A study released on Monday found few Americans over 25 have spoken to their parents about retirement, and breaking the ice isn't easy for many Baby Boomers either.
Future finances are something few people are aching to talk about, but failing to broach the topic can bring big budget pain to families who avoid the elephant in the room.
Merrill Lynch and the consulting firm, Age Wave, surveyed 5,400 people and found that 70 percent over the age of 25 have not had not talked with their parents about retirement -- but fewer than one in four respondents over the age of 50 said they weren't prepared for it.
Bruce Helmer, of Wealth Enhancement Group and author of "Real Wealth," told Fox 9 News that financial planning is just as important as wills, health directives, and inheritance plans are -- especially as people live longer.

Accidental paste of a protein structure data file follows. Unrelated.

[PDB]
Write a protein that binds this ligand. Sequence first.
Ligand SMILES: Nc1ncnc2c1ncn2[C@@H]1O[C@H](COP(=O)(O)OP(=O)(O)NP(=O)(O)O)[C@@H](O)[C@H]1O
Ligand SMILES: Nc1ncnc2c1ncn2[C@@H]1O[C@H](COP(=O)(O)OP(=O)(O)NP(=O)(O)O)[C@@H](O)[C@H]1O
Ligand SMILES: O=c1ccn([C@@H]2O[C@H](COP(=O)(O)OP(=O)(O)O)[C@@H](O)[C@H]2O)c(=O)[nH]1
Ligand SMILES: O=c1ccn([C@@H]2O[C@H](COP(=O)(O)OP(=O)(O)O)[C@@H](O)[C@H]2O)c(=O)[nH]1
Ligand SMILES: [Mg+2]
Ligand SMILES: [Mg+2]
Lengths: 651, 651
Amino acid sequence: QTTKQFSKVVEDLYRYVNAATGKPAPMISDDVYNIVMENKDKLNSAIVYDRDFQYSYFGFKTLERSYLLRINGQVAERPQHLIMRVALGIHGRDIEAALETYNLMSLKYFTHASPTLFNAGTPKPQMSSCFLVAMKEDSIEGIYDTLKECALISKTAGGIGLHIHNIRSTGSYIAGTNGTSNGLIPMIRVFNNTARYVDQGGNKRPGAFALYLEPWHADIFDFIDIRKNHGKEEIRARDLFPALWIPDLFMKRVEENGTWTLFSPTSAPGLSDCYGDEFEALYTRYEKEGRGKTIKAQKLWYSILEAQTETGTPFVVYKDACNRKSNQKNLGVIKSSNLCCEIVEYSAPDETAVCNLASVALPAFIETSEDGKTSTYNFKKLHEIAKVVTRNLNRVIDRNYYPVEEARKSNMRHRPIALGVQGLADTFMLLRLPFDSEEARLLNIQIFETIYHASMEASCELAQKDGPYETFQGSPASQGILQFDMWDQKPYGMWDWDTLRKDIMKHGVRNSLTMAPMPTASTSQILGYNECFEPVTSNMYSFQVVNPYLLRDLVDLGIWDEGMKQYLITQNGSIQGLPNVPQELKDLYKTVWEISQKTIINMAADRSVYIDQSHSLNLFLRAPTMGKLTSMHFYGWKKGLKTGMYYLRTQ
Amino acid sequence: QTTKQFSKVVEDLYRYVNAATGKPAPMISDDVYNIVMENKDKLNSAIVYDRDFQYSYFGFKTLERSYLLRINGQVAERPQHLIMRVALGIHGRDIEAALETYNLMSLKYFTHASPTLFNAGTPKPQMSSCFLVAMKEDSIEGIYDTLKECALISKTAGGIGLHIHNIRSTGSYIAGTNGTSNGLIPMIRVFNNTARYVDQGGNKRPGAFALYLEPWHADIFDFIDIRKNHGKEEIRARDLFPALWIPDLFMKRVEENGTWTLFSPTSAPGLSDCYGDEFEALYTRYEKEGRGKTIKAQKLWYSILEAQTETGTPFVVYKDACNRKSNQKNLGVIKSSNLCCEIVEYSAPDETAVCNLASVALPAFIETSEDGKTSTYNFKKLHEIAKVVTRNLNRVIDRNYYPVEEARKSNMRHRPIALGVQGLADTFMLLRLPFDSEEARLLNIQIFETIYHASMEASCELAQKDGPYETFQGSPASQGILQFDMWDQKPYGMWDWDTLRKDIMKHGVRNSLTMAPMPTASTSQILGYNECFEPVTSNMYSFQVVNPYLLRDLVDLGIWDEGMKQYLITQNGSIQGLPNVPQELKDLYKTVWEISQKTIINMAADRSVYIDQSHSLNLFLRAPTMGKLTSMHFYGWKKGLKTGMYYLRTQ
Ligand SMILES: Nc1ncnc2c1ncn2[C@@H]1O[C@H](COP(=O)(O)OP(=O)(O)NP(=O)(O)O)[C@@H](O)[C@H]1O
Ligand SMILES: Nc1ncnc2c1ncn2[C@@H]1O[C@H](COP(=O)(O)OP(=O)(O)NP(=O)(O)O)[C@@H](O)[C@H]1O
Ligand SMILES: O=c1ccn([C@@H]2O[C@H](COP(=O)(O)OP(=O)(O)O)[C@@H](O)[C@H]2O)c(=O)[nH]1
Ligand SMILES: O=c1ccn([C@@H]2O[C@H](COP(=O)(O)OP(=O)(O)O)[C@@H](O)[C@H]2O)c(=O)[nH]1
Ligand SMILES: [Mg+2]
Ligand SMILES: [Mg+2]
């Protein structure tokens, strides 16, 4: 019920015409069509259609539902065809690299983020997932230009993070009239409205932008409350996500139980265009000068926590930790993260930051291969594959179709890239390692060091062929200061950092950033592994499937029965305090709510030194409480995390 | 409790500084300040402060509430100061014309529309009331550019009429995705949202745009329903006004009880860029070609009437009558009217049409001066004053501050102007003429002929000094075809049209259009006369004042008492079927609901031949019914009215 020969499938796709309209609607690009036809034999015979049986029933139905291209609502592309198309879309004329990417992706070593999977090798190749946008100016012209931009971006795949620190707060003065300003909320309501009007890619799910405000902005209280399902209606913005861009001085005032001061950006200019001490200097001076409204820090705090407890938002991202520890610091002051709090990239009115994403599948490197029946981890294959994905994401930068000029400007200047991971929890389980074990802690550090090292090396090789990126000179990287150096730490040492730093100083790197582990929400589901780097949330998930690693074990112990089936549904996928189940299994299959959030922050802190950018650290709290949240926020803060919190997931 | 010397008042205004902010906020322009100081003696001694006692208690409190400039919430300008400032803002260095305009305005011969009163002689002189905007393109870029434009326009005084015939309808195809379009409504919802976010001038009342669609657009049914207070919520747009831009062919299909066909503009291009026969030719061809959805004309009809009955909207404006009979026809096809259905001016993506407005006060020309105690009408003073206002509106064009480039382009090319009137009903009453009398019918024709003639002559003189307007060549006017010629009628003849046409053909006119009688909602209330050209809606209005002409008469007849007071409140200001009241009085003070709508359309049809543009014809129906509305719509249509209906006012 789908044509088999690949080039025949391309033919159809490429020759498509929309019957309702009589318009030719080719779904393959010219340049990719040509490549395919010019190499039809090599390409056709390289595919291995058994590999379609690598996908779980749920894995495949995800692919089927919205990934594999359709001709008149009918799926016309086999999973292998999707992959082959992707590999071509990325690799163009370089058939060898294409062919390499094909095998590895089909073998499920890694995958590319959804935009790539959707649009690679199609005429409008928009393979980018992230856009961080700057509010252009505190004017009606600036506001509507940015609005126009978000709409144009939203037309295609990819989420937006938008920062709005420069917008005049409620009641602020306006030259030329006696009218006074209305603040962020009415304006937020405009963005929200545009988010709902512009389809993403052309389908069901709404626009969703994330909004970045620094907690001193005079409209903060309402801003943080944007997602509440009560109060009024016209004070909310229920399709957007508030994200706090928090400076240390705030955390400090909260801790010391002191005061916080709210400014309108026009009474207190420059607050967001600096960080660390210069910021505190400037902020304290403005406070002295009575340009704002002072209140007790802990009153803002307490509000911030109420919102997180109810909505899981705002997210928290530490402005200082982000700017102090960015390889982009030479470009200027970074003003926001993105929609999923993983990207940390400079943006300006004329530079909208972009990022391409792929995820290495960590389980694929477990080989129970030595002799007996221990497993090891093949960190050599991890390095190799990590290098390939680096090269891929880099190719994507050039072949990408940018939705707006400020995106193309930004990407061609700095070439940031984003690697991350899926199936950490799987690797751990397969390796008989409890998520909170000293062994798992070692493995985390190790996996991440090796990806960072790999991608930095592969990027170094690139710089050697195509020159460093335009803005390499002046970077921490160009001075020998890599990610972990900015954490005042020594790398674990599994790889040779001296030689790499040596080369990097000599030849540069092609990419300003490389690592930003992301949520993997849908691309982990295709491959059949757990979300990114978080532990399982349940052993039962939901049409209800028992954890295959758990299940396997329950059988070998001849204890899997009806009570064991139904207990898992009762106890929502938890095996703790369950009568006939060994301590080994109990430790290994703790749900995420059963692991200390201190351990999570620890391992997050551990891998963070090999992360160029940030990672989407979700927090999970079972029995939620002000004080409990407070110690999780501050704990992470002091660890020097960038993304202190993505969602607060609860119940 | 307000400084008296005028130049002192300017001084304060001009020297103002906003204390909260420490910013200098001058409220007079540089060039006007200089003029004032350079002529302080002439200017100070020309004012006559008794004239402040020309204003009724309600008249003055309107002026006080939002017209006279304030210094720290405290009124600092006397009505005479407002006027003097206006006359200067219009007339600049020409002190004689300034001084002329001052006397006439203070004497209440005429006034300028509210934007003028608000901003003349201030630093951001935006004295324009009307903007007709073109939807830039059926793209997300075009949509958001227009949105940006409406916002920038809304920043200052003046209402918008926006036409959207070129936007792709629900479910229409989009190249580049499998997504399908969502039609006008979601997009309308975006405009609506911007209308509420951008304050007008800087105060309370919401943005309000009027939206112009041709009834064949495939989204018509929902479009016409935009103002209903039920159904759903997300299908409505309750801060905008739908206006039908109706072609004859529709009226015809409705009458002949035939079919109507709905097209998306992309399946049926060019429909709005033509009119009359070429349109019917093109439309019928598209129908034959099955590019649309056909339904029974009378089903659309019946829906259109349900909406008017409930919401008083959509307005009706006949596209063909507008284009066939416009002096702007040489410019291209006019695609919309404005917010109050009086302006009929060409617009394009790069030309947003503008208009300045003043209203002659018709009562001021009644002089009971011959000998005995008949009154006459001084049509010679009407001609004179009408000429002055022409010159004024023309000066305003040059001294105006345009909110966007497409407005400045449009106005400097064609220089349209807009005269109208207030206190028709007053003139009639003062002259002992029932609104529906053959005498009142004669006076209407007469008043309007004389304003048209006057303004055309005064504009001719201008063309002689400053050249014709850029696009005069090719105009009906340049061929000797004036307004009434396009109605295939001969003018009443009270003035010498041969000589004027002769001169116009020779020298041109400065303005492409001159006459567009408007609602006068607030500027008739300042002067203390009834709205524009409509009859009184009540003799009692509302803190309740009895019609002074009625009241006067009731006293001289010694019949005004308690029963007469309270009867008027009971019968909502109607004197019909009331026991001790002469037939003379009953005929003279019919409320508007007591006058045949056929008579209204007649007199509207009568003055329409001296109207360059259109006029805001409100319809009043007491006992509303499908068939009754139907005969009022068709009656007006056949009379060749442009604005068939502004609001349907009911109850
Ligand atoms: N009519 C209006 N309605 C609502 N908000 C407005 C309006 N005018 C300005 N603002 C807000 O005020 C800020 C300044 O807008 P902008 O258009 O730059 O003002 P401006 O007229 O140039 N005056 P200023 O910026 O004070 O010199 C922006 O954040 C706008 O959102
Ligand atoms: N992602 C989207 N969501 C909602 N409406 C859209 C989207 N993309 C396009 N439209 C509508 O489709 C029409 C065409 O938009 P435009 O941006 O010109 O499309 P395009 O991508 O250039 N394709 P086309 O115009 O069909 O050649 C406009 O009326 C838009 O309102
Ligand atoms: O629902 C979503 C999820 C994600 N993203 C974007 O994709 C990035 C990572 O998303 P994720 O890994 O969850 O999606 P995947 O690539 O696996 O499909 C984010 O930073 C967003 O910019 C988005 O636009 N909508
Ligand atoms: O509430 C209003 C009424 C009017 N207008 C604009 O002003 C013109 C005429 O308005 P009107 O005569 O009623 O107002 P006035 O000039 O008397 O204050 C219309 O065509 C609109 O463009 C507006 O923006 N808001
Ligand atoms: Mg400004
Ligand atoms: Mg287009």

Yet, he also acknowledges that it isn't an easy topic for many people to touch on.
"I think some of the reason they don't want to talk about it is either because they are ashamed or embarrassed, or not where they think they should be -- but that kind of denial is not going to help the situation," he said. "If you are not where you want to be, it's better to acknowledge it and address it and get help where you can."
Pam and Phil Sheridan are already retired, but they just recently had the difficult discussion with their son. Looking back, they say they wish they would have done it sooner.
"I think we tend to treat financial things very close to the vest and not share it with people," Phil Sheridan said.
The Sheridans compared the comfort level of the retirement conversation with teaching children about sex education, saying they gradually shared information with their son based on what he could handle.
"I think sometimes we shelter our children too -- shelter ourselves," Pam Sheridan said.
In the end, both agree that it is better that their son is in-the-know.